Manasseh was twelve years old when he became king, and he reigned fifty-five years in Jerusalem; and his mother’s name was Hephzibah. He did evil in the sight of the Lord, according to the abominations of the nations whom the Lord dispossessed before the sons of Israel.
2 Kings 21:1-2

Amon was twenty-two years old when he became king, and he reigned two years in Jerusalem; and his mother’s name was Meshullemeth the daughter of Haruz of Jotbah. He did evil in the sight of the Lord, as Manasseh his father had done.
2 Kings 21:19-20

Josiah was eight years old when he became king, and he reigned thirty-one years in Jerusalem; and his mother’s name was Jedidah the daughter of Adaiah of Bozkath. He did right in the sight of the Lord and walked in all the way of his father David, nor did he turn aside to the right or to the left.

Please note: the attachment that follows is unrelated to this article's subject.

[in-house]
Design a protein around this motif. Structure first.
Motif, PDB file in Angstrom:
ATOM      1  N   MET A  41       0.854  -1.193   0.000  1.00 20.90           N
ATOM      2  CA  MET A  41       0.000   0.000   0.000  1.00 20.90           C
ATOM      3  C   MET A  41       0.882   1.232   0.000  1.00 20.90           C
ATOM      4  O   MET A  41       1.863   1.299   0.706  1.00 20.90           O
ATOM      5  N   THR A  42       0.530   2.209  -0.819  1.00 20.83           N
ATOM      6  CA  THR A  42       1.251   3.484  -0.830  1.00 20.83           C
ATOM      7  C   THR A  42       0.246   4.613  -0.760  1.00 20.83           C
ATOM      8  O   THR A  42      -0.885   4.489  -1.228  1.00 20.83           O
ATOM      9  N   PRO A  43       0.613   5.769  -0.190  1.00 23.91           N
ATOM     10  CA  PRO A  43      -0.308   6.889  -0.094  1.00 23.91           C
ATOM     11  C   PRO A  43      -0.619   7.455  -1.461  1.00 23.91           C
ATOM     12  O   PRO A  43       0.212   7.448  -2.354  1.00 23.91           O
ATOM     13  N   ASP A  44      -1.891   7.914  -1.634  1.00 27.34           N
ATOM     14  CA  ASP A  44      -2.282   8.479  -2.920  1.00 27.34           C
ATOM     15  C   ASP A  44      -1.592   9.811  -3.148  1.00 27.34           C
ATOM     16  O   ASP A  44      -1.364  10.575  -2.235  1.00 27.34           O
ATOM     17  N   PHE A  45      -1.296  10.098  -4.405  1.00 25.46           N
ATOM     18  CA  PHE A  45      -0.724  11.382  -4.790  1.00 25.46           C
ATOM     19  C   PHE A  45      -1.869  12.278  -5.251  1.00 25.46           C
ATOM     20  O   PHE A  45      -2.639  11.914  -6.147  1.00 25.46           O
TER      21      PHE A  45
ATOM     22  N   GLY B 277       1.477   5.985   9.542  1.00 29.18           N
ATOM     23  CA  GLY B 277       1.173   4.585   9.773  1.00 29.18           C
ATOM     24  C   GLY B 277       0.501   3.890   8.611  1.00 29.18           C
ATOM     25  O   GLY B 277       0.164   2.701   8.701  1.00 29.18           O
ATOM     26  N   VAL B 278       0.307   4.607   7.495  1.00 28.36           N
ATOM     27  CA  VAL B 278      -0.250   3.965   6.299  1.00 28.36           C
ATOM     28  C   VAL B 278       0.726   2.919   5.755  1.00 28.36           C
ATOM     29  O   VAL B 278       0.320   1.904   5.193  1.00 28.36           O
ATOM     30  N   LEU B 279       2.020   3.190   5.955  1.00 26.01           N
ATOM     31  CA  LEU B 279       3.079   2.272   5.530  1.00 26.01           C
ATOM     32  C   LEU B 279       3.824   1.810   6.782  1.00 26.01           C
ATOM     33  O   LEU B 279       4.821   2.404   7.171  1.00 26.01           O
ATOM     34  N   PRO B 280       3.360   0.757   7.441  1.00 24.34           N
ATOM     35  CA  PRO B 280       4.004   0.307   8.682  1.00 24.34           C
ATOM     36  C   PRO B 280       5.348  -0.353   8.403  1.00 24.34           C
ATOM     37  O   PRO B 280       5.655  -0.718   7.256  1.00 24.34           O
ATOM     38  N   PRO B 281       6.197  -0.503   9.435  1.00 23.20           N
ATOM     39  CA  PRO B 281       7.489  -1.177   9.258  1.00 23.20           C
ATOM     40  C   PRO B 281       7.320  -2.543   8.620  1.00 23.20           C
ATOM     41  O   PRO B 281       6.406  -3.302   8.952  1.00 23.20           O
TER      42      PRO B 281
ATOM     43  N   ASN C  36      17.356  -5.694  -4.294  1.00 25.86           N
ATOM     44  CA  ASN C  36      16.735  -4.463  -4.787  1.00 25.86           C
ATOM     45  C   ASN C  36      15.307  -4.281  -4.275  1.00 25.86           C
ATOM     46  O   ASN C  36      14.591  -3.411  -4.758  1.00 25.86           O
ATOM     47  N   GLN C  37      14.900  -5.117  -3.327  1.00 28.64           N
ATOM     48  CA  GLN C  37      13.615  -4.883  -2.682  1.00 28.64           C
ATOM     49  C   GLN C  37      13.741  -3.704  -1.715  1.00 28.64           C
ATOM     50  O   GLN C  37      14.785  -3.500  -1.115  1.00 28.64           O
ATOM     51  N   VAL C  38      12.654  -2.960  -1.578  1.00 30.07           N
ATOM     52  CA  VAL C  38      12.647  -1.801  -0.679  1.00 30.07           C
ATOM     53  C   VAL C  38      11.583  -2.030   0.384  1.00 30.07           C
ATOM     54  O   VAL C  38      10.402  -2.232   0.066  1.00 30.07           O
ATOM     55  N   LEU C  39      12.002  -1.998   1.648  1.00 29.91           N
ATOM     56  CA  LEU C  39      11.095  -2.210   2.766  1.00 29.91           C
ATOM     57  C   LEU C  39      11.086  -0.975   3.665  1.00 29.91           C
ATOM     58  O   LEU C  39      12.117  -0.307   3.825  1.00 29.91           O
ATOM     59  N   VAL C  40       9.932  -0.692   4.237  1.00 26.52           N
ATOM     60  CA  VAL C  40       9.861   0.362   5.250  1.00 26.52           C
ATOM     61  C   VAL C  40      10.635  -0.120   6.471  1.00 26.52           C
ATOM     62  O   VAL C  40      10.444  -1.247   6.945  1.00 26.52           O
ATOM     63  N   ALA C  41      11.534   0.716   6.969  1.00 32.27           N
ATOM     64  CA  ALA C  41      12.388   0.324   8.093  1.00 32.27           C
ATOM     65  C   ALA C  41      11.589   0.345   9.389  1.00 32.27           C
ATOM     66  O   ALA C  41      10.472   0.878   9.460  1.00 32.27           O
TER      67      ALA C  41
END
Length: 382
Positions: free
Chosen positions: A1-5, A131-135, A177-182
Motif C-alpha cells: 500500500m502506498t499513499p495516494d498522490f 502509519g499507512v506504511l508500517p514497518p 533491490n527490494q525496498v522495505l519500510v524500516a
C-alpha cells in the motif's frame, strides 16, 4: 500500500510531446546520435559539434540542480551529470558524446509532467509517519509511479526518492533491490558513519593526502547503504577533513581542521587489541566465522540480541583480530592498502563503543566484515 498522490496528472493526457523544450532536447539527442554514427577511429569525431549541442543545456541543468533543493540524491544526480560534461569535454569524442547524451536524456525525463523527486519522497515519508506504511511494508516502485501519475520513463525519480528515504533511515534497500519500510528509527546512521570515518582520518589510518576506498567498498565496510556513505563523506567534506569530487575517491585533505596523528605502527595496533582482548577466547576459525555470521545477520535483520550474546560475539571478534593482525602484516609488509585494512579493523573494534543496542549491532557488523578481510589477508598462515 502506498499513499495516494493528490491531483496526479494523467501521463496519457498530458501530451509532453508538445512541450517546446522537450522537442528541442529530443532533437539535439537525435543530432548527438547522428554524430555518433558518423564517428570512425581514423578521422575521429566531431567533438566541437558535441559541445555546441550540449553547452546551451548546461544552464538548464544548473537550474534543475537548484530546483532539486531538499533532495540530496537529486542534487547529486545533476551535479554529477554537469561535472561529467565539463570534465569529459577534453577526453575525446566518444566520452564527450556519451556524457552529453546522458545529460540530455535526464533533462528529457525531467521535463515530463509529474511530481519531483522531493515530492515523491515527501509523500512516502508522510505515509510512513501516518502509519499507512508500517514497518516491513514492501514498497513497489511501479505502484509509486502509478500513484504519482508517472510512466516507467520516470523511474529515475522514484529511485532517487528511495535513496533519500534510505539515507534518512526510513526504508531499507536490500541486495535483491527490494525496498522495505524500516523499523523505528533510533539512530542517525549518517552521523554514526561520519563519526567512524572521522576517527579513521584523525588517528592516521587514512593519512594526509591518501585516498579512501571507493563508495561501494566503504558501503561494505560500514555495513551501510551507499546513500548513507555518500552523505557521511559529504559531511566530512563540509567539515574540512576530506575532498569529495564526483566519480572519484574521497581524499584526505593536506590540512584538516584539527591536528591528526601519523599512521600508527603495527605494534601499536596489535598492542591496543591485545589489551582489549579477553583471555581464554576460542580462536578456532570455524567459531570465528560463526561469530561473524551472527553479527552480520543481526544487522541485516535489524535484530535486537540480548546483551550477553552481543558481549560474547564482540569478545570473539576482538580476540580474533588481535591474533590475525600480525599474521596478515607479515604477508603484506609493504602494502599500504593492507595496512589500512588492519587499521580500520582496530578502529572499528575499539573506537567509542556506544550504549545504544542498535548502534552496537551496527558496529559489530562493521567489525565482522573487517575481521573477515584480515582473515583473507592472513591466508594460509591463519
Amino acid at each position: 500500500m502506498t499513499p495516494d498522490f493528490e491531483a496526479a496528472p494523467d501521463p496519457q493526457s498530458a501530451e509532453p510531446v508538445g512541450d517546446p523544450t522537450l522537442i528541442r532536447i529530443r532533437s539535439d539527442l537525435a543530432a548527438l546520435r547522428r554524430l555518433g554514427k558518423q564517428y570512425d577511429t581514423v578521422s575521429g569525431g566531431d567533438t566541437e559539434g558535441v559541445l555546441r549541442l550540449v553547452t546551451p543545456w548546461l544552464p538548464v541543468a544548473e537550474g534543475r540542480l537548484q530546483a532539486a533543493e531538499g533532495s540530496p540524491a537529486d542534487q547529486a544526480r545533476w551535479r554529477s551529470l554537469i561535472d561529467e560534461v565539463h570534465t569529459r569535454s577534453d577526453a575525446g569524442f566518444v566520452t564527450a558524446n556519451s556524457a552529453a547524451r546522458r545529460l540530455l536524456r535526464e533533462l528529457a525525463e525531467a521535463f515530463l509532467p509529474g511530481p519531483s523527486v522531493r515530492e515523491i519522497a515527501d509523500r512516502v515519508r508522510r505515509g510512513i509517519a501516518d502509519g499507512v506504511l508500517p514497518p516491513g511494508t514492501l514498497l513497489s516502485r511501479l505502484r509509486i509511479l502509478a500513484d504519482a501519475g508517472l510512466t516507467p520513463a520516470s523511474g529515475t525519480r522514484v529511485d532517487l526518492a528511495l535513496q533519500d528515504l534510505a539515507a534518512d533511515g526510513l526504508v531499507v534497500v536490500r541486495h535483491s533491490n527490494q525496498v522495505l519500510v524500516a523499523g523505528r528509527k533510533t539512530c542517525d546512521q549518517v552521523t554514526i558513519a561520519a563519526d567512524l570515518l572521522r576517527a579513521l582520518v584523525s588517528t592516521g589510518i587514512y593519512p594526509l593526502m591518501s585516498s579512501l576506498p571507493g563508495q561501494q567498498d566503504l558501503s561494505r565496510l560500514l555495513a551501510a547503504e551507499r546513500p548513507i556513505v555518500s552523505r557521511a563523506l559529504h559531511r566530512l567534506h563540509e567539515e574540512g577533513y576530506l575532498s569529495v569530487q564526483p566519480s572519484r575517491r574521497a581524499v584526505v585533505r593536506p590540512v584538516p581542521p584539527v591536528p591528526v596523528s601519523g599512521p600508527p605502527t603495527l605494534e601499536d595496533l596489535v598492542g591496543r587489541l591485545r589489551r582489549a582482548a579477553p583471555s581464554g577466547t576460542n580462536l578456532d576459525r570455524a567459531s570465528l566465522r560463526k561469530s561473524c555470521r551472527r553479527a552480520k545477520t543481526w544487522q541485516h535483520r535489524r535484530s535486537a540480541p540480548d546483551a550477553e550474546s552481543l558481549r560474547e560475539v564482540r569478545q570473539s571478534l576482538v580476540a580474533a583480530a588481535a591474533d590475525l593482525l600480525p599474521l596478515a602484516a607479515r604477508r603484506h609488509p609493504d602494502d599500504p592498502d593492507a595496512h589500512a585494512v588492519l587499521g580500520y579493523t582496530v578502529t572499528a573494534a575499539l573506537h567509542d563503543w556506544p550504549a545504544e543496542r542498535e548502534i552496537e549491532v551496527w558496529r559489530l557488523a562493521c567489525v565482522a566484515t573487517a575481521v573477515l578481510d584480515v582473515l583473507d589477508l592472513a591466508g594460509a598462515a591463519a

2 Kings 22:1-2


A lot of verses for today, but they all come together to paint such an interesting story. The first verse is talking about King Hezekiah and is technically from yesterday’s reading, so forgive me, but look at this back and forth that Judah goes through with the Lord and their kings.


Everything that Hezekiah does to turn Judah back to God and away from all of their idols, Manasseh undoes. He builds all of the altars to false gods again, sacrifices to them, even sacrifices his own children in fire. He goes so far as to build places of worship to false gods INSIDE the temple of the One True God. His son Amon follows his ways and continues the evil streak. Then Josiah comes along and again turns Judah back to the Lord.


So I’m going to spell out the obvious, but it is something that we need to get down in our hearts as quickly as possible: you are the only one who can walk with God. “Well Duh!”